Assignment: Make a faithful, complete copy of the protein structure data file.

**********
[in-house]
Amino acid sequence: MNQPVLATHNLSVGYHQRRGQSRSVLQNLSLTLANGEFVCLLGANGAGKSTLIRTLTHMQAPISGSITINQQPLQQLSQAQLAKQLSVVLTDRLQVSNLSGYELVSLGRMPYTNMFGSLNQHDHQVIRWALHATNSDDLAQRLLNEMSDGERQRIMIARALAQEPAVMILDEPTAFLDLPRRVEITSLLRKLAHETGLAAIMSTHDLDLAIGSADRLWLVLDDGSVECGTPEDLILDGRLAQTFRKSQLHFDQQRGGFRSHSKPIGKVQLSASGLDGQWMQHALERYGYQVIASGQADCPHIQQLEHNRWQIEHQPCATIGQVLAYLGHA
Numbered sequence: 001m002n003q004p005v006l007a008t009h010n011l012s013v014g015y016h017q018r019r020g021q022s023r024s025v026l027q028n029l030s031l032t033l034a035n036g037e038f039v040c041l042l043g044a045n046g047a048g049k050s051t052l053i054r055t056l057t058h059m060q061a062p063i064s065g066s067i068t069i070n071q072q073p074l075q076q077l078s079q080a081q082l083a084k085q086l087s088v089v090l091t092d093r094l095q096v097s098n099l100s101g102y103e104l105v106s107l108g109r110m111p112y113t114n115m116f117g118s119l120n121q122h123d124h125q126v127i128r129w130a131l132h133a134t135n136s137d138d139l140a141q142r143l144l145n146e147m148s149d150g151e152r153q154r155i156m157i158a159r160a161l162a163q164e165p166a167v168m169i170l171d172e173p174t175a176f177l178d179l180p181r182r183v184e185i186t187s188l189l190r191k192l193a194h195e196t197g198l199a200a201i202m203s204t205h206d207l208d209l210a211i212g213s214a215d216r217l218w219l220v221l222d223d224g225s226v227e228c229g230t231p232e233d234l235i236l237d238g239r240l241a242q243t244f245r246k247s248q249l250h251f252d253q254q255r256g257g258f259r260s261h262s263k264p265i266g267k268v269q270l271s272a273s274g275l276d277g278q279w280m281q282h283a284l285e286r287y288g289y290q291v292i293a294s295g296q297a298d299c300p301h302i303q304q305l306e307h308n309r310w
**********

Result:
[in-house]
Amino acid sequence: MNQPVLATHNLSVGYHQRRGQSRSVLQNLSLTLANGEFVCLLGANGAGKSTLIRTLTHMQAPISGSITINQQPLQQLSQAQLAKQLSVVLTDRLQVSNLSGYELVSLGRMPYTNMFGSLNQHDHQVIRWALHATNSDDLAQRLLNEMSDGERQRIMIARALAQEPAVMILDEPTAFLDLPRRVEITSLLRKLAHETGLAAIMSTHDLDLAIGSADRLWLVLDDGSVECGTPEDLILDGRLAQTFRKSQLHFDQQRGGFRSHSKPIGKVQLSASGLDGQWMQHALERYGYQVIASGQADCPHIQQLEHNRWQIEHQPCATIGQVLAYLGHA
Numbered sequence: 001m002n003q004p005v006l007a008t009h010n011l012s013v014g015y016h017q018r019r020g021q022s023r024s025v026l027q028n029l030s031l032t033l034a035n036g037e038f039v040c041l042l043g044a045n046g047a048g049k050s051t052l053i054r055t056l057t058h059m060q061a062p063i064s065g066s067i068t069i070n071q072q073p074l075q076q077l078s079q080a081q082l083a084k085q086l087s088v089v090l091t092d093r094l095q096v097s098n099l100s101g102y103e104l105v106s107l108g109r110m111p112y113t114n115m116f117g118s119l120n121q122h123d124h125q126v127i128r129w130a131l132h133a134t135n136s137d138d139l140a141q142r143l144l145n146e147m148s149d150g151e152r153q154r155i156m157i158a159r160a161l162a163q164e165p166a167v168m169i170l171d172e173p174t175a176f177l178d179l180p181r182r183v184e185i186t187s188l189l190r191k192l193a194h195e196t197g198l199a200a201i202m203s204t205h206d207l208d209l210a211i212g213s214a215d216r217l218w219l220v221l222d223d224g225s226v227e228c229g230t231p232e233d234l235i236l237d238g239r240l241a242q243t244f245r246k247s248q249l250h251f252d253q254q255r256g257g258f259r260s261h262s263k264p265i266g267k268v269q270l271s272a273s274g275l276d277g278q279w280m281q282h283a284l285e286r287y288g289y290q291v292i293a294s295g296q297a298d299c300p301h302i303q304q305l306e307h308n309r310w